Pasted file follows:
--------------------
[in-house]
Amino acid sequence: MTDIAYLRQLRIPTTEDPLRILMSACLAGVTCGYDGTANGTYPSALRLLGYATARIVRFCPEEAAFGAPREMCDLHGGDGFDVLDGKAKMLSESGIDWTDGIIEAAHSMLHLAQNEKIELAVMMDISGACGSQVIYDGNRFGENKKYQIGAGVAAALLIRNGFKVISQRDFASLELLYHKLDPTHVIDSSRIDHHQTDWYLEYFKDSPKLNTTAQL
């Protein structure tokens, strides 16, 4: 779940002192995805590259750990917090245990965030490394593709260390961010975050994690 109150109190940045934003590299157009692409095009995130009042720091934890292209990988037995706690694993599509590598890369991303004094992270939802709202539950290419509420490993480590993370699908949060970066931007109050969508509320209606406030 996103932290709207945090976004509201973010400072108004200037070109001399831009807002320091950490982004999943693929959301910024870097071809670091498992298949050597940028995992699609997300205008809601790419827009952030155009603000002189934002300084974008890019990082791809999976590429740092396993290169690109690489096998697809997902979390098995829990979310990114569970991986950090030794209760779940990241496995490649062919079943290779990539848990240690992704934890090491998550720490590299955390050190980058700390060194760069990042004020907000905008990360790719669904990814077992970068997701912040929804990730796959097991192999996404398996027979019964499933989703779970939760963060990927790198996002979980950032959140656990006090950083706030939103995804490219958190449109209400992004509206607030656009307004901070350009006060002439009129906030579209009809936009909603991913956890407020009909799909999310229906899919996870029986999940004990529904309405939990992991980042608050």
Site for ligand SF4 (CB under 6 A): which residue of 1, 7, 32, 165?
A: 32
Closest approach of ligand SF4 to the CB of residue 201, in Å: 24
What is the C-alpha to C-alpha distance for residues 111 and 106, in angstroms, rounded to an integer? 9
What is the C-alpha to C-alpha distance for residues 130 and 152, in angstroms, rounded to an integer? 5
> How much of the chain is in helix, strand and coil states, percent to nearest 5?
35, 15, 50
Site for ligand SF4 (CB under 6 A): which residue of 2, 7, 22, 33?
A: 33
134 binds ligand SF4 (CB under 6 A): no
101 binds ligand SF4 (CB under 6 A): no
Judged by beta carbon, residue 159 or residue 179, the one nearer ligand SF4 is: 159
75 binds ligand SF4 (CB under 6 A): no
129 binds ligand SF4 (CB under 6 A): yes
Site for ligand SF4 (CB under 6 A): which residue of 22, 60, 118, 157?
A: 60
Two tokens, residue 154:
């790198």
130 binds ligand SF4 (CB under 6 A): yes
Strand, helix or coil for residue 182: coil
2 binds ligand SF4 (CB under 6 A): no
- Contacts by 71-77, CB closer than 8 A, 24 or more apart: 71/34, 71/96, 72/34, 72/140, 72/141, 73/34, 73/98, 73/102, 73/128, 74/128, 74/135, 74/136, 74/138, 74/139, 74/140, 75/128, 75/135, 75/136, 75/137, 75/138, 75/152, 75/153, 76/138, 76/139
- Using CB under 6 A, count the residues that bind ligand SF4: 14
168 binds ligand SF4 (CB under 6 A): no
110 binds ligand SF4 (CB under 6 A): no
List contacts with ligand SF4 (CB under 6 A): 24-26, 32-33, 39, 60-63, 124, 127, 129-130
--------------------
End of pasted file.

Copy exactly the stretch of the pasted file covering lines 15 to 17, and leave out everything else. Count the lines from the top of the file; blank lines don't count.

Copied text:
Judged by beta carbon, residue 159 or residue 179, the one nearer ligand SF4 is: 159
75 binds ligand SF4 (CB under 6 A): no
129 binds ligand SF4 (CB under 6 A): yes